I know that they certify airplanes for lightning strikes (at least some of them anyway), but does it cause any damage to the airplane or to the electronics? Are there any required inspections if an airplanes is struck by lightning?

Airplane being struck by lightning


3 Answers 3


The vast majority of aircraft require an inspection, from small Cessna singles to Boeing airliners. Usually, they require at the very least:

  • A visual inspection of the aircraft for damage, particularly the nose, tail section and wingtips. Most of the time, the damage is easily visible as "burn" marks or erosion of parts of the skin.
  • A check of the communication/navigation systems, both visually and functional testing
  • A check of all avionics, including GPS systems
  • Propeller should be removed and inspected by an A/P for damage
  • Engine should be inspected by a procedure similar to the following:

    1. Remove the engine from the aircraft and disassemble it.
    2. Inspect the engine for arcing and heat damage to the crankshaft, main bearings, counterweights, camshaft lobes, bearings, gear teeth and any other parts applicable to your engine. Any magnetic parts should be degaussed following the specific procedure in your manual.
    3. Measure each other part to make sure it is within tolerances for your engine.
    4. Reassemble, then install the engine.
  • (depends on company) Send in an lightning strike report to your manufacturer

  • Confirmation of compass being within 10 degrees of another (stricter for transport low visibility operations) after completion of repair/inspection works


  • 1
    $\begingroup$ 10 degrees? That seems like a lot of potential error $\endgroup$ Jan 7, 2015 at 3:20
  • $\begingroup$ @raptortech97 It's within what you get written on the runways, and certainly within what a pilot should be able to correct when landing using a compass. $\endgroup$
    – yo'
    Jan 7, 2015 at 21:21
  • $\begingroup$ Does a pilot come to know if the plane has been hit by lightning? $\endgroup$
    – Firee
    Jul 19, 2015 at 17:16
  • 1
    $\begingroup$ This answer is kinda missing the interesting stuff. What does it look and sound like? $\endgroup$ Jun 30, 2016 at 12:26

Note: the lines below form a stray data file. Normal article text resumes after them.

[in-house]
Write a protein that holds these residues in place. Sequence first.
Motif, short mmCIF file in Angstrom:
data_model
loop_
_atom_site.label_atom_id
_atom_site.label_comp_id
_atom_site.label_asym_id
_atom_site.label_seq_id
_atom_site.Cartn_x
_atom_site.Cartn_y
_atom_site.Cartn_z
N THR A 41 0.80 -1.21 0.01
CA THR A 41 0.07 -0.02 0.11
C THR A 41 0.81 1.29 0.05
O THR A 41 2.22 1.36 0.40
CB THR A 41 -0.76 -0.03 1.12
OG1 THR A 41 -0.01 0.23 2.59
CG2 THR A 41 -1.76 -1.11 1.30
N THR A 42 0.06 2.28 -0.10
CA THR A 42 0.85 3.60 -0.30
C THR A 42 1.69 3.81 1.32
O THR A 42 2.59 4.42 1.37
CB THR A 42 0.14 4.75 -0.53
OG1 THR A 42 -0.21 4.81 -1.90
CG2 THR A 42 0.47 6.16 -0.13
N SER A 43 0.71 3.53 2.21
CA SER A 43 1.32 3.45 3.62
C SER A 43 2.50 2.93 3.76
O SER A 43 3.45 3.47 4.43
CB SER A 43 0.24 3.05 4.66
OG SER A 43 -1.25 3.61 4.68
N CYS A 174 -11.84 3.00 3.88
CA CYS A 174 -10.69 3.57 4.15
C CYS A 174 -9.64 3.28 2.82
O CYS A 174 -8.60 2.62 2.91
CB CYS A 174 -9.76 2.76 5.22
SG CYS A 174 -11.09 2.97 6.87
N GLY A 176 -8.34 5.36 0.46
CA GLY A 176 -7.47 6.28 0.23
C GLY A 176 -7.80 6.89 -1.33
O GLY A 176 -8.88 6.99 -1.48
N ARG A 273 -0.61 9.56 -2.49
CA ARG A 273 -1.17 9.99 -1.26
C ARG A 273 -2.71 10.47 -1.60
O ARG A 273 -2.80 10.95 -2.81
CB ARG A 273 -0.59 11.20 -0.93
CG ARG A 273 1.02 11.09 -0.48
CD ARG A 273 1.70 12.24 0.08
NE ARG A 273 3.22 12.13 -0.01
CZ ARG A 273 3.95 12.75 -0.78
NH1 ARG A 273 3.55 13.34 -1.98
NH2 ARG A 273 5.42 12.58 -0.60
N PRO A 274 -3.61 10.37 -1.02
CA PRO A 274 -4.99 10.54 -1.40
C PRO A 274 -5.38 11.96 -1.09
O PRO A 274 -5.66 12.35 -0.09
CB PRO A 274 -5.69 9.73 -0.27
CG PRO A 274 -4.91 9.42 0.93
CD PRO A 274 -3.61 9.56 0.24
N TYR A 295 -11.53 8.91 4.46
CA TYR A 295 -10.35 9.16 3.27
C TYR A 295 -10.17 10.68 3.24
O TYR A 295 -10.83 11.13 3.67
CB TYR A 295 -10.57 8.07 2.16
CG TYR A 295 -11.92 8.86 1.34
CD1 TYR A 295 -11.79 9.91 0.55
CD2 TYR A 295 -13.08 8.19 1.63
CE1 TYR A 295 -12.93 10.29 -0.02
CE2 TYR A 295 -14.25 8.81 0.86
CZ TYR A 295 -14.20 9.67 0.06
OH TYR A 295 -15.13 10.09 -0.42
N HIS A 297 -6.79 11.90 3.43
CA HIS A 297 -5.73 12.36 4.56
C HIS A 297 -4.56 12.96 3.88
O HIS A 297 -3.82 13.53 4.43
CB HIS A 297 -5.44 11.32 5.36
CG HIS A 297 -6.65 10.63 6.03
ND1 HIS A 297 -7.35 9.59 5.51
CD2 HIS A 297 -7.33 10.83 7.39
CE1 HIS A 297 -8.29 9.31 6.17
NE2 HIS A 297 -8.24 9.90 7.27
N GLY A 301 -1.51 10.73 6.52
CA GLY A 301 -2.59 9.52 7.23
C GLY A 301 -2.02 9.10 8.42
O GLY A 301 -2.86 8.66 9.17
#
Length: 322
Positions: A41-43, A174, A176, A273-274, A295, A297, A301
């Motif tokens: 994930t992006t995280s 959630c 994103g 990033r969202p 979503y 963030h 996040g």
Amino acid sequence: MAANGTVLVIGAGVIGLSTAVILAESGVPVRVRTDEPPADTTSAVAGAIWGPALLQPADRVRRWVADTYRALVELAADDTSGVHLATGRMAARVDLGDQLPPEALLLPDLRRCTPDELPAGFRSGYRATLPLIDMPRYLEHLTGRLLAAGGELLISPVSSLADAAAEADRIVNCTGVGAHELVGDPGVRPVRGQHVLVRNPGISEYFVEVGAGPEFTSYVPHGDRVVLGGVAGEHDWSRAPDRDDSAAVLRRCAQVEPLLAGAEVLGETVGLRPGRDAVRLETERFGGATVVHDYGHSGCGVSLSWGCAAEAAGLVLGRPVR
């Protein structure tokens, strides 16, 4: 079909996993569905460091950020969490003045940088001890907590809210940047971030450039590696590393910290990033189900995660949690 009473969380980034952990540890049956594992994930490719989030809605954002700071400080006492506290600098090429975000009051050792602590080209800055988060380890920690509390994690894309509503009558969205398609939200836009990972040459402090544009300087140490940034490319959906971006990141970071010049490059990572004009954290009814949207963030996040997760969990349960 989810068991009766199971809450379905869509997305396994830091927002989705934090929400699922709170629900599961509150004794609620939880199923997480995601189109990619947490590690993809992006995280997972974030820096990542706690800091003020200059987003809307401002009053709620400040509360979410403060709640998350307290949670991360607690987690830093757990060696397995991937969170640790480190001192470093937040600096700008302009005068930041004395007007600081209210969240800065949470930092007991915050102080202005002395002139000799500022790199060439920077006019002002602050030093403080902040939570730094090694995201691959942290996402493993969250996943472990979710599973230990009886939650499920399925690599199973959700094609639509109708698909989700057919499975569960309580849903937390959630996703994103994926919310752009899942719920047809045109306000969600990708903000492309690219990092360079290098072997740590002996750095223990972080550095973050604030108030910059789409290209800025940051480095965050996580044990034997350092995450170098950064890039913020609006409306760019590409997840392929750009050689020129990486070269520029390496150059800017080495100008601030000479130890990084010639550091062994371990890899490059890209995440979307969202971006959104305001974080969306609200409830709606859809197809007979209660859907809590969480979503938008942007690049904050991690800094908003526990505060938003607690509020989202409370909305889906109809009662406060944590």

The one time that I was struck by lightning for sure (there with a couple of other times I wondered if I had) was in a Cessna 310. Everything was working after the strike. However, an inspection of the airplane afterward showed that the very aft end of the right tip tank had melted and then resolidified.

As I understand it, a lightning charge typically "flows" around the outside of a metal aircraft.

  • 1
    $\begingroup$ Did they have to repair the airplane? If so, what was involved? $\endgroup$
    – Lnafziger
    Jan 12, 2014 at 18:03
  • 5
    $\begingroup$ @Lnafziger No, nothing was found other than the spot of aluminum that had obviously melted. The aft end of the tip tank was just ever so slightly shorter than it had been. $\endgroup$
    – Terry
    Jan 12, 2014 at 22:00

Airplanes are designed to withstand lightning strikes, since they are expected to experience this in service. The goal is to conduct the current through the airplane while minimizing any damage this will cause.

Metal parts are naturally conductive, but composites need a conductive layer such as a metal mesh added to conduct the current. The parts also need to be connected, or the current will arc across the gap, possibly damaging both parts or sparking a fire. This connection can either be through properly installed fasteners like bolts or rivets, or through the use of bonding jumpers.

Fuel and electical systems in the aircraft require special attention. In the fuel tanks, parts must be connected well without gaps to avoid sparks that could ignite fuel vapors. Electrical systems must be sufficiently isolated to prevent lightning current from damaging them.

As this Boeing information shows, the protection required also depends on the location in the airplane. Different parts generally experience lightning strikes in different ways, and need different approaches in design.

The Boeing page also includes a flowchart for deciding whether a system needs to be inspected after a lightning strike. If the system was not used after the strike, it should be checked. If the system was used after the strike, it only needs to be checked if the system had anomalies in flight or of there is damage near the antennas for that system.


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